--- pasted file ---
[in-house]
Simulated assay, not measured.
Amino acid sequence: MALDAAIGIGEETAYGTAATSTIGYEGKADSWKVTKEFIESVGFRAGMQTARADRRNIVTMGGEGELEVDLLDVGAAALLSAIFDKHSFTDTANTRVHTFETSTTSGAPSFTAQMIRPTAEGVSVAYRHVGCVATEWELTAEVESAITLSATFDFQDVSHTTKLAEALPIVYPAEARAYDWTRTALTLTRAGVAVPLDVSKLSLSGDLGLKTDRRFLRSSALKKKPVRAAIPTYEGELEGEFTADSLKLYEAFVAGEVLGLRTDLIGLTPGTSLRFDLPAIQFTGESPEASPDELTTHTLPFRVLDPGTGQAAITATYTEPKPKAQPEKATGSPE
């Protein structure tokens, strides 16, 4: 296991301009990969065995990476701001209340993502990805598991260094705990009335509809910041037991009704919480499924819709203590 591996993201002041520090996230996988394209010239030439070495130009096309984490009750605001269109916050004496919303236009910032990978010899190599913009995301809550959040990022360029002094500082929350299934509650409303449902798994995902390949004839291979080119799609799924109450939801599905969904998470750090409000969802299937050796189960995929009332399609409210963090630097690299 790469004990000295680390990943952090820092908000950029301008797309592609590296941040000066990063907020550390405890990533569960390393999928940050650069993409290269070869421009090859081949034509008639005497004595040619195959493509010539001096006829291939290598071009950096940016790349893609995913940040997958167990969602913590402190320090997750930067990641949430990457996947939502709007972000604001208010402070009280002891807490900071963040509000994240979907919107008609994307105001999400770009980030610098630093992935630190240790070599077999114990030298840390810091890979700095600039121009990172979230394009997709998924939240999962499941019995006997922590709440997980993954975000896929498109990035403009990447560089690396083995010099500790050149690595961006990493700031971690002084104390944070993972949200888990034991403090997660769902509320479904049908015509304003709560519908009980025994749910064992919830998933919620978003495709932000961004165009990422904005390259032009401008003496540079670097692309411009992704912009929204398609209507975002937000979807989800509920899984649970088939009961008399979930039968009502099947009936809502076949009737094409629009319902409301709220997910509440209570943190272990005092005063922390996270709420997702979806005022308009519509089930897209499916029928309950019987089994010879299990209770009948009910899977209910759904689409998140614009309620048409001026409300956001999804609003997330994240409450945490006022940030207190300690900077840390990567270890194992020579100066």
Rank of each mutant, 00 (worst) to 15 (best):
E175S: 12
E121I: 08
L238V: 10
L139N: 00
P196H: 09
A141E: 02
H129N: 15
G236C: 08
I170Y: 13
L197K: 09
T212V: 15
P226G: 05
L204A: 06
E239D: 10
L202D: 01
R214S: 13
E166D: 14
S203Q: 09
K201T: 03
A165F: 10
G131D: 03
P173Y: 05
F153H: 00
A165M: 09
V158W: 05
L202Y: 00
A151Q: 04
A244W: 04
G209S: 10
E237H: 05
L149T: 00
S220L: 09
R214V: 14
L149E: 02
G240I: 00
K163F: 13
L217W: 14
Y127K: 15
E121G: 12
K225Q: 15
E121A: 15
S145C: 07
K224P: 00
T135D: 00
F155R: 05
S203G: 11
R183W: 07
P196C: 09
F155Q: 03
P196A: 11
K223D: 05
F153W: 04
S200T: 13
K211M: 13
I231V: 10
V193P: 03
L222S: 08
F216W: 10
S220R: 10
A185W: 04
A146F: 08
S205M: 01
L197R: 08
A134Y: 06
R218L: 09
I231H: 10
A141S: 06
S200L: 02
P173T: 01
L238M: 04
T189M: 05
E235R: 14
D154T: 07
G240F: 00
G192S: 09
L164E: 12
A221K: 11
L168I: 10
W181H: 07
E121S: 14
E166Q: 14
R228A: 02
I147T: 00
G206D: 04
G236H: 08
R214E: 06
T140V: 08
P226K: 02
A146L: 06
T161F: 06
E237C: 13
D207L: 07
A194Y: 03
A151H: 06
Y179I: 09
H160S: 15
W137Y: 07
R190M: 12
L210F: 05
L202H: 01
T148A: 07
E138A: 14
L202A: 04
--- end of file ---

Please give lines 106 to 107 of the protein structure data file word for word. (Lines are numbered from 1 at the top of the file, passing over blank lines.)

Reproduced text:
T148A: 07
E138A: 14